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Thomas A. Mickes – Mickes O’Toole

In Tom Mickes’ telling, he “backed in” to education law.

After earning his undergraduate degree from the University of Missouri in 1968, he began working in St. Louis-area schools, including Duchesne High School and the districts of Ferguson-Florissant and Meramec Valley. He taught physical education and biology; he coached football and track, too. Upon moving up the ranks to principal and superintendent, he interacted with attorneys representing his school district. That’s when he realized that “somebody with a practical knowledge of day-to-day education could combine that with legal training to be of service.”

Thus he enrolled at Saint Louis University, where he earned his law degree in 1979 and his Ph.D in education administration in 1983.

Thomas A. Mickes

Thomas A. Mickes

When Mickes arrived at Peper, Martin, Jensen, Maichel and Hetlage, he recalled, “there was no such thing as ‘school law.’” Yet name partner Bob Hetlage was willing to let him build such a practice from inside the labor and employment group — a key endorsement early in his career.

It was “lonesome” work, he said, so sometimes on the occasion of a Missouri School Board Association meeting, Mickes and another school attorney outside the firm would talk shop over lunch and a beer. In the mid- to late 1980s, they formalized this network as the Council of School Attorneys. It now has almost 100 members.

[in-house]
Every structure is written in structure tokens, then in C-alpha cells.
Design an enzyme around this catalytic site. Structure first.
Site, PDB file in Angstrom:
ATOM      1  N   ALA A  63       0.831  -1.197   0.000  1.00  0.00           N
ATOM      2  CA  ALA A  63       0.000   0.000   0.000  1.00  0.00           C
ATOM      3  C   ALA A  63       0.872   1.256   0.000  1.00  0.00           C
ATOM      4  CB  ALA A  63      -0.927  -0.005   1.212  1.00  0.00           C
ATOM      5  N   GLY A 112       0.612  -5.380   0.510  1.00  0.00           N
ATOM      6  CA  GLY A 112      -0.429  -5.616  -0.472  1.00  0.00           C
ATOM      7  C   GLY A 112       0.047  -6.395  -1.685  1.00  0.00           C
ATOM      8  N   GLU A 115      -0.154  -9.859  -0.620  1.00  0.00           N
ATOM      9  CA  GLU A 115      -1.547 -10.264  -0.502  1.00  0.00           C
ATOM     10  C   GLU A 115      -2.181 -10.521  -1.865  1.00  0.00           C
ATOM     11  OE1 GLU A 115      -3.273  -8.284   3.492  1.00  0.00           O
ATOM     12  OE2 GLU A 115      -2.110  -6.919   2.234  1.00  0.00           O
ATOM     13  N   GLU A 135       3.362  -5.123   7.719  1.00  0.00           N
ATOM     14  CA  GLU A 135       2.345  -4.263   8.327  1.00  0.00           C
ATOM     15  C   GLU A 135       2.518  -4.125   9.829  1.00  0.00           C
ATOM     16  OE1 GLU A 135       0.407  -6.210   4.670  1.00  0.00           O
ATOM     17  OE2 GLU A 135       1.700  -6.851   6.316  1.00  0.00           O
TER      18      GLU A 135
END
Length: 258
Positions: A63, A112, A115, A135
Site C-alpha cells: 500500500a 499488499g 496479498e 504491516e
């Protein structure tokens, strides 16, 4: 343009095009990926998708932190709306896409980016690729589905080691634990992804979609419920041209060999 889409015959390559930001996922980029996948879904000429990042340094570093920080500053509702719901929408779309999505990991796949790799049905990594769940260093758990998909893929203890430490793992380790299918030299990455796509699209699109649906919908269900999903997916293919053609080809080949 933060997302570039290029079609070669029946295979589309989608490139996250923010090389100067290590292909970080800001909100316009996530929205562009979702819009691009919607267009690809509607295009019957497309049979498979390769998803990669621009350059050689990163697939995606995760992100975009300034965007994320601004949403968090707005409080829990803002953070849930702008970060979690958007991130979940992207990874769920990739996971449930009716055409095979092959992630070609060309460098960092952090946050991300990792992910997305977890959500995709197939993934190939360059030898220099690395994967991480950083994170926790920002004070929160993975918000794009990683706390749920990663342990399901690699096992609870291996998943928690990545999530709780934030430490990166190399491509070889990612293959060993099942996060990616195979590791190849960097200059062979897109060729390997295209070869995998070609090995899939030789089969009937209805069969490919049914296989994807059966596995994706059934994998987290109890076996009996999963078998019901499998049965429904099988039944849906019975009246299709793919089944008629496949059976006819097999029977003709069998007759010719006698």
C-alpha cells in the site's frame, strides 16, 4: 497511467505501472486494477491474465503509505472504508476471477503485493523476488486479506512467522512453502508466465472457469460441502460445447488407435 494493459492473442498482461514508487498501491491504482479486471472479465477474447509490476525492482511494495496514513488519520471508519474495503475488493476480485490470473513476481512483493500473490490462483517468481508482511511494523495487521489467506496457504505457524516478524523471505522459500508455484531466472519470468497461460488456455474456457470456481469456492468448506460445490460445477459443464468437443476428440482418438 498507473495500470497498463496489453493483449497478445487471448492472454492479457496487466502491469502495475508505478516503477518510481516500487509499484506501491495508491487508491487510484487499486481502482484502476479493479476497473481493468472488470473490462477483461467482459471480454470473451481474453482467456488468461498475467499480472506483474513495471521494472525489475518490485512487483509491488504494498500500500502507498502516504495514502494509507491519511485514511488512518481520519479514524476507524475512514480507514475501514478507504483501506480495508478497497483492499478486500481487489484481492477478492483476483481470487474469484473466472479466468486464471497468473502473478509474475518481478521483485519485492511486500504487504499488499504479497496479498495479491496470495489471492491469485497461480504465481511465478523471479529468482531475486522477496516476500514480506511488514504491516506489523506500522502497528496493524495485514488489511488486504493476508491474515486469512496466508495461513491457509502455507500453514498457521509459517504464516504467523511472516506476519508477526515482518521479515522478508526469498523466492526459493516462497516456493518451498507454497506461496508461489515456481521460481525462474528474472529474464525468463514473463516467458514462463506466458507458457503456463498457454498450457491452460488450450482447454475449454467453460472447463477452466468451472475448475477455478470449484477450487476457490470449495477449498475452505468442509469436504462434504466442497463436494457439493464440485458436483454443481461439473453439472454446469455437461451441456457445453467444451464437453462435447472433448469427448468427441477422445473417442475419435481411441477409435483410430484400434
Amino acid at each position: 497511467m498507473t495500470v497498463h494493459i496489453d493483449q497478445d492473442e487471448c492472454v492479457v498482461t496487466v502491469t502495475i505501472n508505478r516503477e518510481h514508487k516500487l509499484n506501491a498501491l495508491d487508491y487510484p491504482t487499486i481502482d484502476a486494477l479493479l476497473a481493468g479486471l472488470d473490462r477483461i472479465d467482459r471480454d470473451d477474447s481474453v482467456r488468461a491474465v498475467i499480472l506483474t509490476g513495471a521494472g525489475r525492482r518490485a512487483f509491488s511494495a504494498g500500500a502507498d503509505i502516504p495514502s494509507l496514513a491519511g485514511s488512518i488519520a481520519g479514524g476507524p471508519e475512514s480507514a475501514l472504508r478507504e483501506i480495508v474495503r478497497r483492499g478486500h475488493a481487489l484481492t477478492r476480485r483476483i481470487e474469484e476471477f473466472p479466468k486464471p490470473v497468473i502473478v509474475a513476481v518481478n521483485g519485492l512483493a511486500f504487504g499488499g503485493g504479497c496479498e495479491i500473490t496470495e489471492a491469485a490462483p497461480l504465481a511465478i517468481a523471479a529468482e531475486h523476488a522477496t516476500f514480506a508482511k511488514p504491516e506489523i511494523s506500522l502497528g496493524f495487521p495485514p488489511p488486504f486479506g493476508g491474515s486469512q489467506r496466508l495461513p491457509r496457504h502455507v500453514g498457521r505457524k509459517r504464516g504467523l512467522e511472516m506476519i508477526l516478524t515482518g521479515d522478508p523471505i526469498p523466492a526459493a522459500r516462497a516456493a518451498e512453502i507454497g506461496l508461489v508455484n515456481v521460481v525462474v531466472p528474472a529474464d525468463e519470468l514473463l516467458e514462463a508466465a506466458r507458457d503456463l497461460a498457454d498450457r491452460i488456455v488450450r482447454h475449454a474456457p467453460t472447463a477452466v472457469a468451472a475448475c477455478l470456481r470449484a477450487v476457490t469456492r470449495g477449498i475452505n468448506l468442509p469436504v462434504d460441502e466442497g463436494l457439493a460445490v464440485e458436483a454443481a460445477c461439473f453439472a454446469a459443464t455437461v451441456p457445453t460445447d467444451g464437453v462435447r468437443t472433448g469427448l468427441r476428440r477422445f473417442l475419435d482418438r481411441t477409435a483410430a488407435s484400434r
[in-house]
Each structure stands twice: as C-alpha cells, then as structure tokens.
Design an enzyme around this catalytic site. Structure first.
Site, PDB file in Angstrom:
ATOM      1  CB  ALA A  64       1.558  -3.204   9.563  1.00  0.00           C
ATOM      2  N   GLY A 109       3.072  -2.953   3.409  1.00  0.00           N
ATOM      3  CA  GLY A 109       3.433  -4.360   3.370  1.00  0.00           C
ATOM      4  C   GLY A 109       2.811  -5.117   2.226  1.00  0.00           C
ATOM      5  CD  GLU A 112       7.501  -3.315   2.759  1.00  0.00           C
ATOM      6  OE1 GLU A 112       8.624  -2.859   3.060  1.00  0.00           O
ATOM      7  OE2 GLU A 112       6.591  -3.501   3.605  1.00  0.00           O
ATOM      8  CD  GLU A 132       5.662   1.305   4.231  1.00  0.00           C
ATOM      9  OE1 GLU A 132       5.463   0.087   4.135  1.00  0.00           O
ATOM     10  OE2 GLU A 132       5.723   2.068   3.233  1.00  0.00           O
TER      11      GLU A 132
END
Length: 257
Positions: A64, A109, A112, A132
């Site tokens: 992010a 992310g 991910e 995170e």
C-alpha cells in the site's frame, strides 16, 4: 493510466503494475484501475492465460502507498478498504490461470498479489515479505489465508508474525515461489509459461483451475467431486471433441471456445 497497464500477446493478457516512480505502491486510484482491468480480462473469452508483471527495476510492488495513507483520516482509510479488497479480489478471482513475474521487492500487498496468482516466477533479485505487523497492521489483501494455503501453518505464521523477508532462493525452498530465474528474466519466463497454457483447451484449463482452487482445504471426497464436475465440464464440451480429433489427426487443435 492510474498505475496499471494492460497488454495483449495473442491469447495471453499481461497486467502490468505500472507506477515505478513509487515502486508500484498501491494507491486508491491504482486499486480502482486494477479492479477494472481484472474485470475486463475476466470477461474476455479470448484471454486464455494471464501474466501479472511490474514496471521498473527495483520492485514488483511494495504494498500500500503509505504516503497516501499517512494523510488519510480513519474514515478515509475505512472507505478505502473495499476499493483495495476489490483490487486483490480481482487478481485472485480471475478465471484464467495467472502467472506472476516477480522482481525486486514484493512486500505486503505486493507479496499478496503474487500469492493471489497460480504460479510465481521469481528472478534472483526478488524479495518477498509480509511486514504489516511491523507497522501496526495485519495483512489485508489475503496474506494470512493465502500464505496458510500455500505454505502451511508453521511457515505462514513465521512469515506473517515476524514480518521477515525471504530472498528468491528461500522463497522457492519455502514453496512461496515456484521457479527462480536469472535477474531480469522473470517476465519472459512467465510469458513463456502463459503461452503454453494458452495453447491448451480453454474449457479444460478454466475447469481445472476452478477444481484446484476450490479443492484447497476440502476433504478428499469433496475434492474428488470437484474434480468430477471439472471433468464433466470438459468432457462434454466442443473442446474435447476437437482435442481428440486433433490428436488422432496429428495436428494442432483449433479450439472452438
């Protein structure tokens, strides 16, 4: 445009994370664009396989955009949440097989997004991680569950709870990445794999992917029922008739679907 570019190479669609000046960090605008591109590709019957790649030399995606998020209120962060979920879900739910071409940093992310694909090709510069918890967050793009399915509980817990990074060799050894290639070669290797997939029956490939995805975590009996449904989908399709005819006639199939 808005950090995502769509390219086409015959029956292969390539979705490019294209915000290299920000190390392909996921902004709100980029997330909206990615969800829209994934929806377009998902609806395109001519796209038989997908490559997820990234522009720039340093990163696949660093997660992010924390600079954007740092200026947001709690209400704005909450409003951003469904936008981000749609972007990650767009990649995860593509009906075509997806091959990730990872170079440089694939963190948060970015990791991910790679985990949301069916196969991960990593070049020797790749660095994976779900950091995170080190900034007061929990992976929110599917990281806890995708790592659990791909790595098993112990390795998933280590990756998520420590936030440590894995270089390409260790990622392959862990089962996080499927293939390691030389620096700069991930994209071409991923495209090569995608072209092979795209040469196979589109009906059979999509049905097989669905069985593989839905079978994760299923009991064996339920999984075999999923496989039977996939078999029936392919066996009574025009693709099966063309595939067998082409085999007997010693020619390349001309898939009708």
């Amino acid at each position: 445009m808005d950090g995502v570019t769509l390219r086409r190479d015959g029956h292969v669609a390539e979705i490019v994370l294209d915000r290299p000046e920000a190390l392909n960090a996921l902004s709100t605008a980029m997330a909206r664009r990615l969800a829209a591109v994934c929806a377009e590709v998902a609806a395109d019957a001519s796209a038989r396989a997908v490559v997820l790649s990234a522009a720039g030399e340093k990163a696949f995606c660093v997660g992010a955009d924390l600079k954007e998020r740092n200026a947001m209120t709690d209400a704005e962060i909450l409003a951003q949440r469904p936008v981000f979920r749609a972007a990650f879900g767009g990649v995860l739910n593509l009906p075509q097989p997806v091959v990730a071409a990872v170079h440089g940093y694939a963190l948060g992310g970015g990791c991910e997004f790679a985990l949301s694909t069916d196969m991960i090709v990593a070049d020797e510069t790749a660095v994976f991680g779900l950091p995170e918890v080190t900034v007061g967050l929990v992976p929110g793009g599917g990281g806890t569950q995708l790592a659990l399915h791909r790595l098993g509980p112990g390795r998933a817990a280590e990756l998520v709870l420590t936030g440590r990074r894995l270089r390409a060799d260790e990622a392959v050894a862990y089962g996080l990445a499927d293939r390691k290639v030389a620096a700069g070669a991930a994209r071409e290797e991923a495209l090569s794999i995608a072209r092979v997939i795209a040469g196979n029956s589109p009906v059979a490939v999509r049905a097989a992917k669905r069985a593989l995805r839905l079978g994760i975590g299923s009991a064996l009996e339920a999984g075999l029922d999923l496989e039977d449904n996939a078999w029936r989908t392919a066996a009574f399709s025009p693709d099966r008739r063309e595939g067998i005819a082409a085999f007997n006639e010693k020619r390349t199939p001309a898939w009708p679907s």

Mickes spent his first 21 years as a lawyer at Peper Martin.  After stints at a few other firms, he co-founded Mickes O’Toole in 2008. There, he serves as lead counsel for the firm’s representation of a self-insured pool of 470 school districts in litigation of employment, civil rights and constitutional claims.

He also represents some 250 school districts all across Missouri. Matters include real estate, public financing, bond issues, lease purchases, employment litigation and disciplinary actions against students or teachers. He also must handle hot-button matters involving free speech, religion, LGBT rights and cyber-bullying.

“All of society’s problems in short order are visited upon the public schools,” Mickes observed.

In the summers, Mickes and his firm put on a summer school-law program in which they visit and speak to 700-800 school officials in St. Louis, Kansas City, the Ozarks, Springfield and Cape Girardeau. The firm also puts out a policy manual for school boards with advice on conducting meetings, student immunizations, athletics, attendance and other areas.

Some of the younger attorneys at his firm, Mickes boasted, have been with him for almost 20 years.

“It’s a joy to see how good they’ve gotten,” he said. “It’s like they’re my own kids.” Mickes and his wife, whom he credits in large measure for his success, do indeed have their own children, and now several grandchildren.

When not in the office, Mickes likes working bird dogs — not for competition but just for the joy of it. He also owns horses at the Oaklawn racetrack in Hot Springs, Arkansas. He has volunteered in a hospice program as well.

After 40 years as a lawyer, he said he still believes in public education as a foundation of American society, and he insists that “you’ll never find a more dedicated group of people who care more about kids than school teachers and school-board members.”

Concluded Mickes: “It’s the greatest blessing in the world to do what I get to do.”